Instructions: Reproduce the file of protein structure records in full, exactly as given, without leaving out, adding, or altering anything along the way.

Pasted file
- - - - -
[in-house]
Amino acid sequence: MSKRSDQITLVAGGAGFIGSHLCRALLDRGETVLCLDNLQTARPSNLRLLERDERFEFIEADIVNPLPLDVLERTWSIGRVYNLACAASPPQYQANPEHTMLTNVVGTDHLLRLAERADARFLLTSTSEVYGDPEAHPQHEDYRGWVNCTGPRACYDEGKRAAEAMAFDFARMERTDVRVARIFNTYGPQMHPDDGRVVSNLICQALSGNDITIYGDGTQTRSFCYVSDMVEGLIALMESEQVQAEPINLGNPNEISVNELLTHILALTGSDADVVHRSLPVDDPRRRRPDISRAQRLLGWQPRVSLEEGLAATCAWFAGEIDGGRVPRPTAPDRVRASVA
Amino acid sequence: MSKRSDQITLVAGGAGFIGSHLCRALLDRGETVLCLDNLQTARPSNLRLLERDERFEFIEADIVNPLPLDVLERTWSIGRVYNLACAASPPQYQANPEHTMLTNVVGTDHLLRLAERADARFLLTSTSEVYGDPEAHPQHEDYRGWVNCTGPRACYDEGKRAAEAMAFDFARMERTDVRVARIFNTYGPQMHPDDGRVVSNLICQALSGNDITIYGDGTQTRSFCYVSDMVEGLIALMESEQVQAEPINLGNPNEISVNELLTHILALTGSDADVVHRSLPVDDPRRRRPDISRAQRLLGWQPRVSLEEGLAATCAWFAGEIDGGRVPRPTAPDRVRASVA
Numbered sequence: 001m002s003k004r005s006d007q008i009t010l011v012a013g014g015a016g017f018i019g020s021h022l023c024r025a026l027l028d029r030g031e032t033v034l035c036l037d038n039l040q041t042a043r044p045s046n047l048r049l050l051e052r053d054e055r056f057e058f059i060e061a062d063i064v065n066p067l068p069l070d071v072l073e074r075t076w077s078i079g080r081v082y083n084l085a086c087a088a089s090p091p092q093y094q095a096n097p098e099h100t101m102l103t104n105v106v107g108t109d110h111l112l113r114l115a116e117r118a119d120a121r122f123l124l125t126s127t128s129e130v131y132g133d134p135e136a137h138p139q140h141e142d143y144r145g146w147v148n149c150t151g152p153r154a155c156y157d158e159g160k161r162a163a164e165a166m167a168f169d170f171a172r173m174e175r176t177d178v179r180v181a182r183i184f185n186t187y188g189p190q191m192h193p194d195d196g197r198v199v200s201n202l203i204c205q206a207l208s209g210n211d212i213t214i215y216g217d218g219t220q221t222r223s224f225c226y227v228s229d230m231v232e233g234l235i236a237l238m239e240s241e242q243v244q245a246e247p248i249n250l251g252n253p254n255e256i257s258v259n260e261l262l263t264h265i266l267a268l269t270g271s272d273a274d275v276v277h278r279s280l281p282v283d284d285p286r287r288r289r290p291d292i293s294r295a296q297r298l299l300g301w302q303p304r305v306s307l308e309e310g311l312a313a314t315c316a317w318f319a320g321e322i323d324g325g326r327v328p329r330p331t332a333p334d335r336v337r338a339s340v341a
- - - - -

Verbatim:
[in-house]
Amino acid sequence: MSKRSDQITLVAGGAGFIGSHLCRALLDRGETVLCLDNLQTARPSNLRLLERDERFEFIEADIVNPLPLDVLERTWSIGRVYNLACAASPPQYQANPEHTMLTNVVGTDHLLRLAERADARFLLTSTSEVYGDPEAHPQHEDYRGWVNCTGPRACYDEGKRAAEAMAFDFARMERTDVRVARIFNTYGPQMHPDDGRVVSNLICQALSGNDITIYGDGTQTRSFCYVSDMVEGLIALMESEQVQAEPINLGNPNEISVNELLTHILALTGSDADVVHRSLPVDDPRRRRPDISRAQRLLGWQPRVSLEEGLAATCAWFAGEIDGGRVPRPTAPDRVRASVA
Amino acid sequence: MSKRSDQITLVAGGAGFIGSHLCRALLDRGETVLCLDNLQTARPSNLRLLERDERFEFIEADIVNPLPLDVLERTWSIGRVYNLACAASPPQYQANPEHTMLTNVVGTDHLLRLAERADARFLLTSTSEVYGDPEAHPQHEDYRGWVNCTGPRACYDEGKRAAEAMAFDFARMERTDVRVARIFNTYGPQMHPDDGRVVSNLICQALSGNDITIYGDGTQTRSFCYVSDMVEGLIALMESEQVQAEPINLGNPNEISVNELLTHILALTGSDADVVHRSLPVDDPRRRRPDISRAQRLLGWQPRVSLEEGLAATCAWFAGEIDGGRVPRPTAPDRVRASVA
Numbered sequence: 001m002s003k004r005s006d007q008i009t010l011v012a013g014g015a016g017f018i019g020s021h022l023c024r025a026l027l028d029r030g031e032t033v034l035c036l037d038n039l040q041t042a043r044p045s046n047l048r049l050l051e052r053d054e055r056f057e058f059i060e061a062d063i064v065n066p067l068p069l070d071v072l073e074r075t076w077s078i079g080r081v082y083n084l085a086c087a088a089s090p091p092q093y094q095a096n097p098e099h100t101m102l103t104n105v106v107g108t109d110h111l112l113r114l115a116e117r118a119d120a121r122f123l124l125t126s127t128s129e130v131y132g133d134p135e136a137h138p139q140h141e142d143y144r145g146w147v148n149c150t151g152p153r154a155c156y157d158e159g160k161r162a163a164e165a166m167a168f169d170f171a172r173m174e175r176t177d178v179r180v181a182r183i184f185n186t187y188g189p190q191m192h193p194d195d196g197r198v199v200s201n202l203i204c205q206a207l208s209g210n211d212i213t214i215y216g217d218g219t220q221t222r223s224f225c226y227v228s229d230m231v232e233g234l235i236a237l238m239e240s241e242q243v244q245a246e247p248i249n250l251g252n253p254n255e256i257s258v259n260e261l262l263t264h265i266l267a268l269t270g271s272d273a274d275v276v277h278r279s280l281p282v283d284d285p286r287r288r289r290p291d292i293s294r295a296q297r298l299l300g301w302q303p304r305v306s307l308e309e310g311l312a313a314t315c316a317w318f319a320g321e322i323d324g325g326r327v328p329r330p331t332a333p334d335r336v337r338a339s340v341a